Air quality has a huge impact on children’s development. In Los Angeles, one of the most polluted cities in the West, the problem is being tackled in a way that other cities can learn from.
Frank Gilliland is a researcher of medicine and air pollutants at the University of Southern California in Los Angeles, an idyllic campus surrounded by leafy forest and tall palm trees. However, just a few blocks away, you are hemmed in by the freeways typical of southern California. For a long time, Los Angeles was the city with the worst air pollution in the US. A thick blanket of yellow-brown smog often settled over the city in the afternoons, which meant that disappointed tourists could not even see the famous Hollywood sign high above the city. But over the past two decades, the city has really got to grips with pollution. One of the driving forces was to protect the millions of children who grow up in the metropolitan area of Los Angeles.
“Many children had respiratory problems and stinging eyes but, above all, our research showed that air pollution affects children’s long-term development. It increased the risk of asthma and had a negative effect on their mental capacity,” Gilliland says. Based on his research, among other things, the local authorities in Los Angeles imposed stringent rules to clamp down on emissions and pollution. They focused primarily on road traffic and the ports of Los Angeles and Long Beach, the biggest cargo shipping complex in the US. The authorities also banned the burning of wood when the air in Los Angeles was particularly bad. Ten years later, the proportion of children with asthma in areas with heavy air pollution had gone down by 30-40 percent. “Asthma is associated with many other problems for children. It leads to them exercising less, which increases the risk of pathogenic obesity. In turn, a lack of exercise leads to them learning less and developing more slowly. It also increases the risk of diabetes,” Gilliland says.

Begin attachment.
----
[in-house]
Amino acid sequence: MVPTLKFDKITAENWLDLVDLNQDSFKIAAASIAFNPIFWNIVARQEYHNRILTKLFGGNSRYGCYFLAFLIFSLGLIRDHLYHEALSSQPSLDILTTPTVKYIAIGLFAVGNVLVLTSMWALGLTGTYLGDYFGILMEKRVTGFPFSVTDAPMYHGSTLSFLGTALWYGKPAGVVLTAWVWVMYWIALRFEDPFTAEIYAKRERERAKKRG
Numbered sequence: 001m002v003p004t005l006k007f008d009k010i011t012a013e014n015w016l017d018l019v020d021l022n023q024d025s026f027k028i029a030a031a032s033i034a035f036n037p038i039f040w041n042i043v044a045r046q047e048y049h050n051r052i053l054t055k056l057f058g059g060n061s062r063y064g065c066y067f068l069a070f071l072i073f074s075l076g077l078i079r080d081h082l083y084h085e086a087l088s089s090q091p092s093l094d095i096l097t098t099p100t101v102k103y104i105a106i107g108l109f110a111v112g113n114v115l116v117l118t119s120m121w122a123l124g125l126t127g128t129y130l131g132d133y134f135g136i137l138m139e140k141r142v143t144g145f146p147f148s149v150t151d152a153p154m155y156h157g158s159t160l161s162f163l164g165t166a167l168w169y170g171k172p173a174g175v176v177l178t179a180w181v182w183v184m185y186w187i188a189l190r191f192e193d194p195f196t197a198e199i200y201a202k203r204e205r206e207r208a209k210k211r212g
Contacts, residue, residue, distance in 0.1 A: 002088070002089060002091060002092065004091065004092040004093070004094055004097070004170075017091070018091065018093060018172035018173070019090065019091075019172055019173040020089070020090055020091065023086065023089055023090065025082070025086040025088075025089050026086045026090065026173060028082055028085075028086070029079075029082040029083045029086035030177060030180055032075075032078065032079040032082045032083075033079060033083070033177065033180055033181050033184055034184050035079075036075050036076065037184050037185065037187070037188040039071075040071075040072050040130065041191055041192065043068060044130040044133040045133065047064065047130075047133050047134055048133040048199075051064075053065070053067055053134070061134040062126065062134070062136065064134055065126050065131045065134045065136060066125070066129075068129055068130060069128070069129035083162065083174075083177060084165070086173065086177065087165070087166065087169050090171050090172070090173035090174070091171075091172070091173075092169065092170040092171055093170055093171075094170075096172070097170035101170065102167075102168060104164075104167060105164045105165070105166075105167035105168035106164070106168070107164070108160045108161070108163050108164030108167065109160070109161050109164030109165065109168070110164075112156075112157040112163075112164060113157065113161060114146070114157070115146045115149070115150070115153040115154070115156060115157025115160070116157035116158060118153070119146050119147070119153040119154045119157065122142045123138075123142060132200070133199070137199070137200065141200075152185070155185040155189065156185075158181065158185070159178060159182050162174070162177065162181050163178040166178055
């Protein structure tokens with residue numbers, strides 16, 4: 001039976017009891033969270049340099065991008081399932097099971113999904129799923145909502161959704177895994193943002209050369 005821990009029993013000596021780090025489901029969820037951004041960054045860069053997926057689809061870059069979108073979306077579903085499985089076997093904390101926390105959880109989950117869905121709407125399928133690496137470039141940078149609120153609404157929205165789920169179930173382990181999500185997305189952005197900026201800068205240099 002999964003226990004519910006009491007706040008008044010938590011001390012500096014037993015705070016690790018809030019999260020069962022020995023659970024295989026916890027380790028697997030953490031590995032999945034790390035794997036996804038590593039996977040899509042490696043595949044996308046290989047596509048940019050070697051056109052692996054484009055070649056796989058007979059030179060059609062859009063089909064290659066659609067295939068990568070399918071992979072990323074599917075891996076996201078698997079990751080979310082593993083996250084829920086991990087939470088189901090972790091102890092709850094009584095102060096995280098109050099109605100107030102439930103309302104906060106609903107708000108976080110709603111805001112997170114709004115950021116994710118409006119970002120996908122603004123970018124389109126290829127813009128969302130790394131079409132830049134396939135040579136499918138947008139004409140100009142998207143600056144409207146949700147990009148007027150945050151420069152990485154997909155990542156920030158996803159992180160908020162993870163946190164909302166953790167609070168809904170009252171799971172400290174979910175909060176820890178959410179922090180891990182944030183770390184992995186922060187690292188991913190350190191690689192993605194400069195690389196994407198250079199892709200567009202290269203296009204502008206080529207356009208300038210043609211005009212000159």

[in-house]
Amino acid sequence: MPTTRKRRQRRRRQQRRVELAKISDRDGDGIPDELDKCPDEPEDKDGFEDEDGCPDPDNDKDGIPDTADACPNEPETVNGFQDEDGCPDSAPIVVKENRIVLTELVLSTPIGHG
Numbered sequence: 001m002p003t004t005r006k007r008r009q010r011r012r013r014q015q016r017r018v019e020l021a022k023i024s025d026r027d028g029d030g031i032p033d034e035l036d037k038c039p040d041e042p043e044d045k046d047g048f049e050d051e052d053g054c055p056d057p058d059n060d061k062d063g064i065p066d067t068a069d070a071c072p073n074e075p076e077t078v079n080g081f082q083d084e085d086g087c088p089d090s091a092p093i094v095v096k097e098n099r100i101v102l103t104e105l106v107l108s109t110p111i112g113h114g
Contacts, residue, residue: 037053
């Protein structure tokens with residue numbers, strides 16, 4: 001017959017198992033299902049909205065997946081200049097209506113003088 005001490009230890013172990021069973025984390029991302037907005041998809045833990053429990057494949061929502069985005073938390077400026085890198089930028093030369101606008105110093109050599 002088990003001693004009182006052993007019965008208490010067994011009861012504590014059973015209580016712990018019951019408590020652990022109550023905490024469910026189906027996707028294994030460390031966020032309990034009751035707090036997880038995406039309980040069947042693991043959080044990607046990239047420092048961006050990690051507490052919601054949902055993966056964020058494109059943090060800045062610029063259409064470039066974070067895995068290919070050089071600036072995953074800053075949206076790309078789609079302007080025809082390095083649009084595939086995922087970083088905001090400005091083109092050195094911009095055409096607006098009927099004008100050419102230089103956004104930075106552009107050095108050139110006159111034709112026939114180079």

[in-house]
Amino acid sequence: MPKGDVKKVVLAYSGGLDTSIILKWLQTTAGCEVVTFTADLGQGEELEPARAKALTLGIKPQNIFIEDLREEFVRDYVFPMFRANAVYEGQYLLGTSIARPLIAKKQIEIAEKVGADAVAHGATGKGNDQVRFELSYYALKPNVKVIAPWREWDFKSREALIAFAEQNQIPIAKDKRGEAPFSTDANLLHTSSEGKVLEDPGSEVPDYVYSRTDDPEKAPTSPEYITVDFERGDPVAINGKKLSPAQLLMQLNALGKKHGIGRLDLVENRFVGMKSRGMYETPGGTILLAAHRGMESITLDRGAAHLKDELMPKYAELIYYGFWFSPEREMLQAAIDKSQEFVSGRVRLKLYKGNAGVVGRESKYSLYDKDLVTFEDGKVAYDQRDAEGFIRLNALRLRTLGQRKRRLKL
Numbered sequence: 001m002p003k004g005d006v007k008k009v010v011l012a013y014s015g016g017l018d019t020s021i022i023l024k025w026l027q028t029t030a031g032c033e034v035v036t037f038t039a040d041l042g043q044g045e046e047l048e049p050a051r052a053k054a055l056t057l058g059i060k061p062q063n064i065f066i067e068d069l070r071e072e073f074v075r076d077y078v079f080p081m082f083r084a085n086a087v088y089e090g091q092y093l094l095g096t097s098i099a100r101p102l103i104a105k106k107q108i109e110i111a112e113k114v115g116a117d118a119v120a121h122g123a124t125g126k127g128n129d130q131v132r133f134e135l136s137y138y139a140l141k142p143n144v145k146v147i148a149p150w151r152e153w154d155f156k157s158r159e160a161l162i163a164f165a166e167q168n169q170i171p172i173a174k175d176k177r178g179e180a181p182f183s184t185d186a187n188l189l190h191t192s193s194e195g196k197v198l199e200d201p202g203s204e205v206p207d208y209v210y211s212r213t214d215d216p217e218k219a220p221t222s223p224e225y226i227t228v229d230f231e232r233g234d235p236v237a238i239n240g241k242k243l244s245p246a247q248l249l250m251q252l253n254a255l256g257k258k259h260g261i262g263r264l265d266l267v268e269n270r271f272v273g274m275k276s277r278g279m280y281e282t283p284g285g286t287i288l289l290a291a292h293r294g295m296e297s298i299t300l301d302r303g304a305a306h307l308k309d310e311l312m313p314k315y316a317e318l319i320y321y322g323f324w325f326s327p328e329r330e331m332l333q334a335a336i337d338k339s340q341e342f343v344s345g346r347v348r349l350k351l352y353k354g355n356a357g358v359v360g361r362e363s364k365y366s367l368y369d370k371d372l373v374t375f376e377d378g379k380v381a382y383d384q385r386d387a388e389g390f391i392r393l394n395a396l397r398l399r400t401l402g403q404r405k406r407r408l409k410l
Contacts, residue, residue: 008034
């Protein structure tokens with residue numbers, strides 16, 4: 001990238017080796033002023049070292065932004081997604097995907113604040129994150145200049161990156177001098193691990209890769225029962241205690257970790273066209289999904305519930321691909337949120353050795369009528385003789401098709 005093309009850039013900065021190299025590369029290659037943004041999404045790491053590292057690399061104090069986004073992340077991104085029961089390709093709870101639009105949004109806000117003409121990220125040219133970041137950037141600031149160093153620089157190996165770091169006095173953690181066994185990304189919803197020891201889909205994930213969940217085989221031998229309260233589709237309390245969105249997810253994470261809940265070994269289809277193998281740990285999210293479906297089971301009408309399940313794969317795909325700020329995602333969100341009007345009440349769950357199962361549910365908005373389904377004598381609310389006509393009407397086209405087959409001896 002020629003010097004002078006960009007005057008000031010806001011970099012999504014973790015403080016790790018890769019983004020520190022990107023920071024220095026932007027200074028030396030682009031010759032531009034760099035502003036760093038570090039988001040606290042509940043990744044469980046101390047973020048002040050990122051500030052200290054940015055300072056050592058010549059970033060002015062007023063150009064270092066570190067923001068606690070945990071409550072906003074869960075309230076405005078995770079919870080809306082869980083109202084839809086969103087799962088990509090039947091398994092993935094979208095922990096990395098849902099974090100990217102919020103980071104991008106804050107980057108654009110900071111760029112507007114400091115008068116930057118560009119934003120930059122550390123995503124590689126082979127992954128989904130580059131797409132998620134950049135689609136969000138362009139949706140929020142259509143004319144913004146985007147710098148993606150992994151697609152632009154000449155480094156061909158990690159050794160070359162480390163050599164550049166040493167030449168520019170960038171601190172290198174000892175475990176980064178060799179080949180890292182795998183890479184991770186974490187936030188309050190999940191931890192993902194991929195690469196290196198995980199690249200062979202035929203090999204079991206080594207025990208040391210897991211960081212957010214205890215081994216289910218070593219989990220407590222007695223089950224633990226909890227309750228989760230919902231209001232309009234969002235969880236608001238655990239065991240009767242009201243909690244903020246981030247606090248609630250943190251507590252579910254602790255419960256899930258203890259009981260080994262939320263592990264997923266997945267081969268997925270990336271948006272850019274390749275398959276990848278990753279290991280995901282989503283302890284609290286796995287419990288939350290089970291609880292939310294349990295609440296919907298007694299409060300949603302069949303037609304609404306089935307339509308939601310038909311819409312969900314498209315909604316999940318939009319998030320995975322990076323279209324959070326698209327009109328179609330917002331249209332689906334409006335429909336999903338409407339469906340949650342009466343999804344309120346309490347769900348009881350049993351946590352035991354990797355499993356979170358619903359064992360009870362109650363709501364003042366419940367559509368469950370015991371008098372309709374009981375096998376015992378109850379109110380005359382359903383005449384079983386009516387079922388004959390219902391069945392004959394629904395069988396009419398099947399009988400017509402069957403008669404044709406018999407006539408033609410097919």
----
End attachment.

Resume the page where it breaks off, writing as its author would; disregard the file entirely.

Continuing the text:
“Moreover, the poor air makes them ill and children learn less if they are ill. We have seen that there is a link between poor air and more children staying home from school. This is detrimental both to children and their parents who have to stay home from work. Additionally, there is more and more research that has shown poor air and pollutants increase the risk of neurological problems and autism. A young brain is extremely sensitive and poor air damages children across the whole spectrum, from the brain to the lungs, and it is hard to recover from harmful effects on the brain at that age. You don’t get a second chance.”
When it comes to road traffic, Gilliland says there’s reason to be optimistic and notes the trend towards more eco-friendly cars. “We succeeded in reducing pollution in Los Angeles at the same time as road traffic increased dramatically, by almost 80 percent. That was partly because we controlled other emissions, partly because we are moving towards more eco-friendly cars and lorries. A young brain is extremely sensitive and poor air damages children across the whole spectrum."
What should parents keen for their children to breathe air that’s as clean as possible do?
“All pollutants caused by road traffic are particularly harmful so parents with small children should try to stay away from major roads. Above all, parents must play an active role in local politics and push for changes to improve air quality. There must be more political pressure. In the short term, they can also use air purifiers in their children’s bedrooms and keep windows closed on days when the air quality is poor.” California is home to a lot of this sort of technological innovation. Another area where Gilliland sees a promising trend is technology for measuring pollutants and air quality in our everyday lives. “It is becoming cheaper and easier for people to measure air quality in their own homes,” he says. “New products connected to the internet can help generate data on pollutants in a whole housing area, in real-time. When we have access to more information and better data on pollutants and their effects, it will hopefully lead to more preventive measures and more local activism to improve air quality. It should be a human right to breathe healthy air.”